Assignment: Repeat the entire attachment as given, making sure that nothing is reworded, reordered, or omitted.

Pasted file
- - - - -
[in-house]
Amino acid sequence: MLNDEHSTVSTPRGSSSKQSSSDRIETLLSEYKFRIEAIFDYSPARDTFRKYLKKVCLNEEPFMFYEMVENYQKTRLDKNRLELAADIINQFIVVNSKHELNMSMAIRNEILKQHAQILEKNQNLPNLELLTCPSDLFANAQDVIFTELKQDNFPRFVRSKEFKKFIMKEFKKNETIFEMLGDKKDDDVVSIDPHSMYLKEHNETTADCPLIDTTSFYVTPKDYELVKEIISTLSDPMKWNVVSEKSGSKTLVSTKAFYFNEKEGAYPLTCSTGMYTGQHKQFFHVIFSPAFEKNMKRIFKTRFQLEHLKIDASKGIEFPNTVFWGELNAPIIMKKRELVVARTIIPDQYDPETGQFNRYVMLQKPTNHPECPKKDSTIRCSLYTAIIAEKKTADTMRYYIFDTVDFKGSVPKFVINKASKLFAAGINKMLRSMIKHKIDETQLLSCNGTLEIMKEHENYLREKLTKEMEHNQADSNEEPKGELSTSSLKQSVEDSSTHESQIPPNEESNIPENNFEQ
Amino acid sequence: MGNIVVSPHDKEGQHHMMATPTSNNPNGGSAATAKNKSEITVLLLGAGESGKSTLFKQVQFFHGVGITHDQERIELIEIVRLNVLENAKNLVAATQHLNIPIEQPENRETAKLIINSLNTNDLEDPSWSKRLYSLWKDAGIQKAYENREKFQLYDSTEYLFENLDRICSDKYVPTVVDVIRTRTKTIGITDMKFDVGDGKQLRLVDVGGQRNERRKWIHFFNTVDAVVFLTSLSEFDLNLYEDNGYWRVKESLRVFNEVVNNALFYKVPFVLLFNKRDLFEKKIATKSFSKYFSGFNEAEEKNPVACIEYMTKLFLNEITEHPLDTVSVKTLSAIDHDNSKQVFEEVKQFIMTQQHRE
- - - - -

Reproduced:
[in-house]
Amino acid sequence: MLNDEHSTVSTPRGSSSKQSSSDRIETLLSEYKFRIEAIFDYSPARDTFRKYLKKVCLNEEPFMFYEMVENYQKTRLDKNRLELAADIINQFIVVNSKHELNMSMAIRNEILKQHAQILEKNQNLPNLELLTCPSDLFANAQDVIFTELKQDNFPRFVRSKEFKKFIMKEFKKNETIFEMLGDKKDDDVVSIDPHSMYLKEHNETTADCPLIDTTSFYVTPKDYELVKEIISTLSDPMKWNVVSEKSGSKTLVSTKAFYFNEKEGAYPLTCSTGMYTGQHKQFFHVIFSPAFEKNMKRIFKTRFQLEHLKIDASKGIEFPNTVFWGELNAPIIMKKRELVVARTIIPDQYDPETGQFNRYVMLQKPTNHPECPKKDSTIRCSLYTAIIAEKKTADTMRYYIFDTVDFKGSVPKFVINKASKLFAAGINKMLRSMIKHKIDETQLLSCNGTLEIMKEHENYLREKLTKEMEHNQADSNEEPKGELSTSSLKQSVEDSSTHESQIPPNEESNIPENNFEQ
Amino acid sequence: MGNIVVSPHDKEGQHHMMATPTSNNPNGGSAATAKNKSEITVLLLGAGESGKSTLFKQVQFFHGVGITHDQERIELIEIVRLNVLENAKNLVAATQHLNIPIEQPENRETAKLIINSLNTNDLEDPSWSKRLYSLWKDAGIQKAYENREKFQLYDSTEYLFENLDRICSDKYVPTVVDVIRTRTKTIGITDMKFDVGDGKQLRLVDVGGQRNERRKWIHFFNTVDAVVFLTSLSEFDLNLYEDNGYWRVKESLRVFNEVVNNALFYKVPFVLLFNKRDLFEKKIATKSFSKYFSGFNEAEEKNPVACIEYMTKLFLNEITEHPLDTVSVKTLSAIDHDNSKQVFEEVKQFIMTQQHRE